Strongest sea ice in the Arctic breaks for the first time

  • Strongest sea ice in the Arctic breaks for the first time

Strongest sea ice in the Arctic breaks for the first time

Thomas Lawren scientists meteorological Institute called the event "terrible".

One meteorologist described the phenomenon - recorded for the first time this year - as "scary", and scientists said it could prove catastrophic for polar bears and seals. This area is often called the "last ice area", as here, according to preliminary data, is the last in the Arctic sea ice.

Ruth Mottram of the Danish Meteorological Institute said: "Almost all of the ice to the north of Greenland is quite shattered and broken up and therefore more mobile". "On average, it's over 4 meters [13 feet] thick and can be piled up into ridges 20 m [65 feet] thick or more". The ice there is so old and thick that scientists believed the shelf would be the last to remain intact in the area in the face of climate change. But in February and in early August, it noted the unusually warm periods, and drifting ice retreated to a great distance from the coast.

Sea ice extent in the Greenland Sea has been at or near record lows for most of the year, and Atlantic-side ice cover has set record low levels for two years running. This thick, compacted ice, as a rule, hard moves.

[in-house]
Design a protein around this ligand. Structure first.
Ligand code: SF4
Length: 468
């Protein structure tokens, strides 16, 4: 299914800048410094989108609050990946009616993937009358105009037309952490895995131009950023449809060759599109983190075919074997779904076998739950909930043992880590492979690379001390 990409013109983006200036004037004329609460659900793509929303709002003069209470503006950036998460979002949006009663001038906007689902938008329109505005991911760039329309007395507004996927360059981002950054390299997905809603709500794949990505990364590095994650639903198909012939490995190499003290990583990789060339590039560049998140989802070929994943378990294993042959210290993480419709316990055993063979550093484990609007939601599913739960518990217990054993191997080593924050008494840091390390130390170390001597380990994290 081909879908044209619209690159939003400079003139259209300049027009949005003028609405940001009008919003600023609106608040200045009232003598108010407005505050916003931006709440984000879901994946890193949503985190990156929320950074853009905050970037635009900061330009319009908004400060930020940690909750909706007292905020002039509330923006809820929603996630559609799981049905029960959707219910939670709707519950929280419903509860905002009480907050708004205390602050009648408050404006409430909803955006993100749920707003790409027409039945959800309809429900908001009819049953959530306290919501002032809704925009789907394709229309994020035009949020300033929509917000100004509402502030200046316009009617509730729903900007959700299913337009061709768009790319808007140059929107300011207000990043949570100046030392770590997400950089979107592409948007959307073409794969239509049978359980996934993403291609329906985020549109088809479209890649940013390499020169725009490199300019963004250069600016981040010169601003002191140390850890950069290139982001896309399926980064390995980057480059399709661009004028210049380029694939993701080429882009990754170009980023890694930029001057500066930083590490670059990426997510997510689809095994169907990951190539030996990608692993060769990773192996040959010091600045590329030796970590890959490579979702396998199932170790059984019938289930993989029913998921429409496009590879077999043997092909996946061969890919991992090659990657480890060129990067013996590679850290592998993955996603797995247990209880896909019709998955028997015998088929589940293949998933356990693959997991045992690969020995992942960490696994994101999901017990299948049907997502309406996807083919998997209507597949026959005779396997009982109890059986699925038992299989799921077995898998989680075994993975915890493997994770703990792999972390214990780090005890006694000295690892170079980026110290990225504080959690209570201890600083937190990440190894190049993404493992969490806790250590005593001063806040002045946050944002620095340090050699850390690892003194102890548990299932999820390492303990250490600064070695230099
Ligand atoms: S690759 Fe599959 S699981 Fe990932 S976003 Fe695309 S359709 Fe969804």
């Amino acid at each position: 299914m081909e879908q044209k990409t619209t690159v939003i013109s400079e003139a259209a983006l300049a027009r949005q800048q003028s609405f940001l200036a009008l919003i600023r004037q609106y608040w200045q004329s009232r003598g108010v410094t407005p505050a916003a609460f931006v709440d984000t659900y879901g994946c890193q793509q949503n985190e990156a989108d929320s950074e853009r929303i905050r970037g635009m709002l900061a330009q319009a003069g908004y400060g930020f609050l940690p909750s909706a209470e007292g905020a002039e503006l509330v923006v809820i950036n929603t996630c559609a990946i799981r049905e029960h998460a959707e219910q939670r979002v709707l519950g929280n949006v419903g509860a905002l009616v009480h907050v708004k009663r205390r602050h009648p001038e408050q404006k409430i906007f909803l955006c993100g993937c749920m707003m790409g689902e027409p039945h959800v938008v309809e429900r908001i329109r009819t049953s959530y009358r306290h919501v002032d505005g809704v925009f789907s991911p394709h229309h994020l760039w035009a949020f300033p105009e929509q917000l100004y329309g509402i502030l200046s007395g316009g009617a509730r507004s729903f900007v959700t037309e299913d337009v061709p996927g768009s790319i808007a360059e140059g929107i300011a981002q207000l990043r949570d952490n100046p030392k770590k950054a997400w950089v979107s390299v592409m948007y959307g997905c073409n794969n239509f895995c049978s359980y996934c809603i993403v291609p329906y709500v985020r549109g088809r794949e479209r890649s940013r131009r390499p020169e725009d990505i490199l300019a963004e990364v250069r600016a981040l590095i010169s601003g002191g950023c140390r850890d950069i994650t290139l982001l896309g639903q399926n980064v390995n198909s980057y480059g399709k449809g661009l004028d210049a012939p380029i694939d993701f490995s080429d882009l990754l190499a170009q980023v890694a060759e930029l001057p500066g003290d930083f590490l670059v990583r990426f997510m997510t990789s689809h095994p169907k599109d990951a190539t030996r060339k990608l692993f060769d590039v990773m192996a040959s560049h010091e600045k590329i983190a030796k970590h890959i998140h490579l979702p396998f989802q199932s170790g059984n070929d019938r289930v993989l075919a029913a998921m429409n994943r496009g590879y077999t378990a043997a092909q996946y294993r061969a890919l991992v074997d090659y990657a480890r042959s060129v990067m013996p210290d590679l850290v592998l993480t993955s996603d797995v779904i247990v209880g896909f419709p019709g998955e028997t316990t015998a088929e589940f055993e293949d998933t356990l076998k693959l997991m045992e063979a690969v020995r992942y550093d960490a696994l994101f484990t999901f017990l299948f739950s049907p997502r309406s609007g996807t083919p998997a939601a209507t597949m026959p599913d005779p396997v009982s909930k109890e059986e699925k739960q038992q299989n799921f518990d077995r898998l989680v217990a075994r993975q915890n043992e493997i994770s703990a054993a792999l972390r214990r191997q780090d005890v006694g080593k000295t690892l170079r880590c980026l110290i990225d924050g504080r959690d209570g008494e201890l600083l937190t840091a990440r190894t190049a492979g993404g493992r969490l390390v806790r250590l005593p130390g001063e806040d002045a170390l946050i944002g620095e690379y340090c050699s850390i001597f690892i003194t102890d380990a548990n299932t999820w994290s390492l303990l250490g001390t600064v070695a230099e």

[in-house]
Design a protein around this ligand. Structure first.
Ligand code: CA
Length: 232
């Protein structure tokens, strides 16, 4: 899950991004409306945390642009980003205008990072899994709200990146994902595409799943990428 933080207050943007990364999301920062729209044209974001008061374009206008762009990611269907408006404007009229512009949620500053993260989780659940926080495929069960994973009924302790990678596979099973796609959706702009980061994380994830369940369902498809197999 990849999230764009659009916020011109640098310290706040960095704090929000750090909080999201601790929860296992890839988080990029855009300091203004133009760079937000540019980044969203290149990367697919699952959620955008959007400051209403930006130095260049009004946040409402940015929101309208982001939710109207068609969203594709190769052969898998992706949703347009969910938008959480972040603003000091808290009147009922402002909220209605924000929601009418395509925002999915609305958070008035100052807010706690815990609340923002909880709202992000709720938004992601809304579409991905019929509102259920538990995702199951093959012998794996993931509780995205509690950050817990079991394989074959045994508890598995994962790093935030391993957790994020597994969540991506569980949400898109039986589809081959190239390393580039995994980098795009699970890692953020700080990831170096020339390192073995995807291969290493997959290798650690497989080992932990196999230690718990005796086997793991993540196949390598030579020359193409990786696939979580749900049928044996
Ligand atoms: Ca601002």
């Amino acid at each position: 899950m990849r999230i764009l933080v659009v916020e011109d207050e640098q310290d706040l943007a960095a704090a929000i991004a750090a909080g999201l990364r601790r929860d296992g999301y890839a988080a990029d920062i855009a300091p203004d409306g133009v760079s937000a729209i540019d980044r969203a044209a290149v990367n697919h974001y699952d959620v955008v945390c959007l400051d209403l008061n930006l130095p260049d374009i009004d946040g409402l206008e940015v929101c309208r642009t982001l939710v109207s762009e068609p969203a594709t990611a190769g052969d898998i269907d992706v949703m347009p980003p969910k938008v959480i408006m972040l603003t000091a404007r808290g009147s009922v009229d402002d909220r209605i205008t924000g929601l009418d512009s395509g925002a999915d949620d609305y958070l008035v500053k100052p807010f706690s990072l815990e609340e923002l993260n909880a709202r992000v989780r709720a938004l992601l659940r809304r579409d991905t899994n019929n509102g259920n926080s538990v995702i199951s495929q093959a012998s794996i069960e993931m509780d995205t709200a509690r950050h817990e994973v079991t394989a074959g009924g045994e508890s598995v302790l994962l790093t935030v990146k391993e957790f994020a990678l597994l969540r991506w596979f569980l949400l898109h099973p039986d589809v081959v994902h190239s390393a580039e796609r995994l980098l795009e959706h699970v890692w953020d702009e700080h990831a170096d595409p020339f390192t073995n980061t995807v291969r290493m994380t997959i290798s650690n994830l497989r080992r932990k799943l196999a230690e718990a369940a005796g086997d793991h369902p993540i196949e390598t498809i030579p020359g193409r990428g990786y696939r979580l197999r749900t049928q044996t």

The oldest ice in the Arctic did not survive global warming.

This could devastate the local polar bear population, Wadhams said, as the steep cliffs on the north coast of Greenland is where a lot of the animals have their dens.

"They can't swim very far. The ice is being pushed away from the coast by the winds".

This week, NASA's Oceans Melting Greenland project will be returning to the Arctic waters around Greenland for its third year in a row gathering data on the frozen ecosystem, and how the oceans around Greenland are melting its glaciers.

He told the Guardian: "I can not tell how long this open water patch will remain open, but even if it closes in few days from now, the harm will be done: the thick old sea ice will have been pushed away from the coast, to an area where it will melt more easily".